Comment Re:Don't forget (Score 1, Troll) 351

It's this fallacy that free markets can't fix what regulation can that puts us in trouble. Of course the free market can fix this. In no place is it unregulated and free to operate. It is however better to have a relatively free "regulated" market, than only a black market.

Supply would meet demand once the price stabilizes.

Comment Re:Wrong (Score 1) 351

Right. But no. I've thought about the economics and if you view this as a part of a bigger problem (overregulation), then you don't fall into the trap and see a sex market as any different than any other "free" market. It is a clear cut decision. Sex trafficking will stop because the costs to maintain a sex trafficking operation are too high to incur if your profit is restricted by the availability of the "legit" provider.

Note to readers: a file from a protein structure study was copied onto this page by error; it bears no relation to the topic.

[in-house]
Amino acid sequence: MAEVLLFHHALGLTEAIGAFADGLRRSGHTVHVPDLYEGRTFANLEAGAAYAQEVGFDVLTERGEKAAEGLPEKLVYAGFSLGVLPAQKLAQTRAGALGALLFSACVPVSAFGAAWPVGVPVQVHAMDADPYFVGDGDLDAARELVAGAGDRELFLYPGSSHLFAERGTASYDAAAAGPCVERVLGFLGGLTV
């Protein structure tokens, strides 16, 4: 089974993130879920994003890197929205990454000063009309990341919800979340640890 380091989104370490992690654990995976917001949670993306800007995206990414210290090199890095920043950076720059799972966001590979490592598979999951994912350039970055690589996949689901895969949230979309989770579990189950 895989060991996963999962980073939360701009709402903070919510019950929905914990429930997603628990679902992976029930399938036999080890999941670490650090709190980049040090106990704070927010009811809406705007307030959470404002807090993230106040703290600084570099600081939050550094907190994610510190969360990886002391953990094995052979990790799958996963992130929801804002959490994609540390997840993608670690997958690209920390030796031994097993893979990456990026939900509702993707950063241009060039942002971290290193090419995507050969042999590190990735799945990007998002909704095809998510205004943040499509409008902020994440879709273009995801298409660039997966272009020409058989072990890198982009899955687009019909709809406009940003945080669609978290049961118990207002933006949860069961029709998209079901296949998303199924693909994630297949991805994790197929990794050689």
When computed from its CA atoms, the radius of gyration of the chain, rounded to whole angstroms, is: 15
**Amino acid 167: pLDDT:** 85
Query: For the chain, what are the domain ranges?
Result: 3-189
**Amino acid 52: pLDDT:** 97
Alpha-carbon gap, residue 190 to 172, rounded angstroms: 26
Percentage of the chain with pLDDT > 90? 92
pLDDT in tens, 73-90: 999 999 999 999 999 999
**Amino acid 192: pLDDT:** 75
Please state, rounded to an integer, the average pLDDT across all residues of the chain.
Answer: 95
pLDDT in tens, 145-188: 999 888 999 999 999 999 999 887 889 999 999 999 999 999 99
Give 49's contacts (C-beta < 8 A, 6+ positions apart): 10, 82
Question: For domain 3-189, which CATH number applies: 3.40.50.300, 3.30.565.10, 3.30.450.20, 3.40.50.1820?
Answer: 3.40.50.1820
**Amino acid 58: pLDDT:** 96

To put some numbers in:

Say a sex trafficker spends $50 recruiting, kidnapping, transporting, drugging, and providing for a girl (as measured per "service").

Then say he can offer her services out for $100. He makes $50.

But now that prostitution is legalized, he has to compete in a market. The price falls down to $80. But his customers don't get the comfort of a "legit, no worries" operation, he can not competitively advertise, he has no web presence, and so his customer acquisition costs are higher, also he has to reduce down to $60.

He now only makes $10, but he burdens enormous risk for that $10. He will be dissuaded from continuing to operate.

Comment Re:Don't forget (Score 5, Insightful) 351